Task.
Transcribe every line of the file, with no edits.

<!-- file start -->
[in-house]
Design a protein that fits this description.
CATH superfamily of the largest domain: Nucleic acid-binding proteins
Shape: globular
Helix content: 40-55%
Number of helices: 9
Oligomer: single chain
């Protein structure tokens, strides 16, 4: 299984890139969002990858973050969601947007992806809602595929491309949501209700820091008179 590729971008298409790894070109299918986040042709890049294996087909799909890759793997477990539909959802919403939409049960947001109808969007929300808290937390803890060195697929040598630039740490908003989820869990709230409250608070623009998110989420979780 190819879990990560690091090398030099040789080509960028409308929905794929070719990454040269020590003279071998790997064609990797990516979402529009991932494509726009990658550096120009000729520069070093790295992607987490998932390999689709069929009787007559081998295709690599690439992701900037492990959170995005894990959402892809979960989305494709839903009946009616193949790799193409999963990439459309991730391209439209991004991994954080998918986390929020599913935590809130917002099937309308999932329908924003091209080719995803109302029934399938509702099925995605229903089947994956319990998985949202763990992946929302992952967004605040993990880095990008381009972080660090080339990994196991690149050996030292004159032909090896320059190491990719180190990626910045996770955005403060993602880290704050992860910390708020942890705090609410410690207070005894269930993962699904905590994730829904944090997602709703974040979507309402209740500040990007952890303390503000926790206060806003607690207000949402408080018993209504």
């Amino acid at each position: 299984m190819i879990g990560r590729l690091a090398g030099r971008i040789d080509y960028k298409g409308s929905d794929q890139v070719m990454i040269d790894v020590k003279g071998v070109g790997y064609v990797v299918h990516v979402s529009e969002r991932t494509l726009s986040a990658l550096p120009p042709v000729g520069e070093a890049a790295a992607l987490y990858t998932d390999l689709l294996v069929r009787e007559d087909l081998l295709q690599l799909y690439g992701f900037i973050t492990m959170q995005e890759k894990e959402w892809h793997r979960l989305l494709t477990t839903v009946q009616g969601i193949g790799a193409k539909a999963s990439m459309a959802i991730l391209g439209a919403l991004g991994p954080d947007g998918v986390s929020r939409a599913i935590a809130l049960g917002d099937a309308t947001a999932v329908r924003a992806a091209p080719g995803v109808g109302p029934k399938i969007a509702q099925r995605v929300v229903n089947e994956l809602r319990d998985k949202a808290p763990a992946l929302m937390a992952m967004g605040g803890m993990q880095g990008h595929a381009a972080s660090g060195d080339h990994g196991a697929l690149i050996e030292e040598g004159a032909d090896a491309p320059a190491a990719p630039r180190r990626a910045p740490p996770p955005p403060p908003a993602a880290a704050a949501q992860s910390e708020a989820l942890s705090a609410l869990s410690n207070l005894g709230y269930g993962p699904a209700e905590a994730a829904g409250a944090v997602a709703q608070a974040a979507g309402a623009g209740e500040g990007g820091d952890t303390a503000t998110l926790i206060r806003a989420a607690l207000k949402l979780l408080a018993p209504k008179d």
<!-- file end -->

[in-house]
Design a protein that fits this description.
CATH superfamily of the largest domain: Nucleic acid-binding proteins
Shape: globular
Helix content: 40-55%
Number of helices: 9
Oligomer: single chain
């Protein structure tokens, strides 16, 4: 299984890139969002990858973050969601947007992806809602595929491309949501209700820091008179 590729971008298409790894070109299918986040042709890049294996087909799909890759793997477990539909959802919403939409049960947001109808969007929300808290937390803890060195697929040598630039740490908003989820869990709230409250608070623009998110989420979780 190819879990990560690091090398030099040789080509960028409308929905794929070719990454040269020590003279071998790997064609990797990516979402529009991932494509726009990658550096120009000729520069070093790295992607987490998932390999689709069929009787007559081998295709690599690439992701900037492990959170995005894990959402892809979960989305494709839903009946009616193949790799193409999963990439459309991730391209439209991004991994954080998918986390929020599913935590809130917002099937309308999932329908924003091209080719995803109302029934399938509702099925995605229903089947994956319990998985949202763990992946929302992952967004605040993990880095990008381009972080660090080339990994196991690149050996030292004159032909090896320059190491990719180190990626910045996770955005403060993602880290704050992860910390708020942890705090609410410690207070005894269930993962699904905590994730829904944090997602709703974040979507309402209740500040990007952890303390503000926790206060806003607690207000949402408080018993209504």
């Amino acid at each position: 299984m190819i879990g990560r590729l690091a090398g030099r971008i040789d080509y960028k298409g409308s929905d794929q890139v070719m990454i040269d790894v020590k003279g071998v070109g790997y064609v990797v299918h990516v979402s529009e969002r991932t494509l726009s986040a990658l550096p120009p042709v000729g520069e070093a890049a790295a992607l987490y990858t998932d390999l689709l294996v069929r009787e007559d087909l081998l295709q690599l799909y690439g992701f900037i973050t492990m959170q995005e890759k894990e959402w892809h793997r979960l989305l494709t477990t839903v009946q009616g969601i193949g790799a193409k539909a999963s990439m459309a959802i991730l391209g439209a919403l991004g991994p954080d947007g998918v986390s929020r939409a599913i935590a809130l049960g917002d099937a309308t947001a999932v329908r924003a992806a091209p080719g995803v109808g109302p029934k399938i969007a509702q099925r995605v929300v229903n089947e994956l809602r319990d998985k949202a808290p763990a992946l929302m937390a992952m967004g605040g803890m993990q880095g990008h595929a381009a972080s660090g060195d080339h990994g196991a697929l690149i050996e030292e040598g004159a032909d090896a491309p320059a190491a990719p630039r180190r990626a910045p740490p996770p955005p403060p908003a993602a880290a704050a949501q992860s910390e708020a989820l942890s705090a609410l869990s410690n207070l005894g709230y269930g993962p699904a209700e905590a994730a829904g409250a944090v997602a709703q608070a974040a979507g309402a623009g209740e500040g990007g820091d952890t303390a503000t998110l926790i206060r806003a989420a607690l207000k949402l979780l408080a018993p209504k008179d």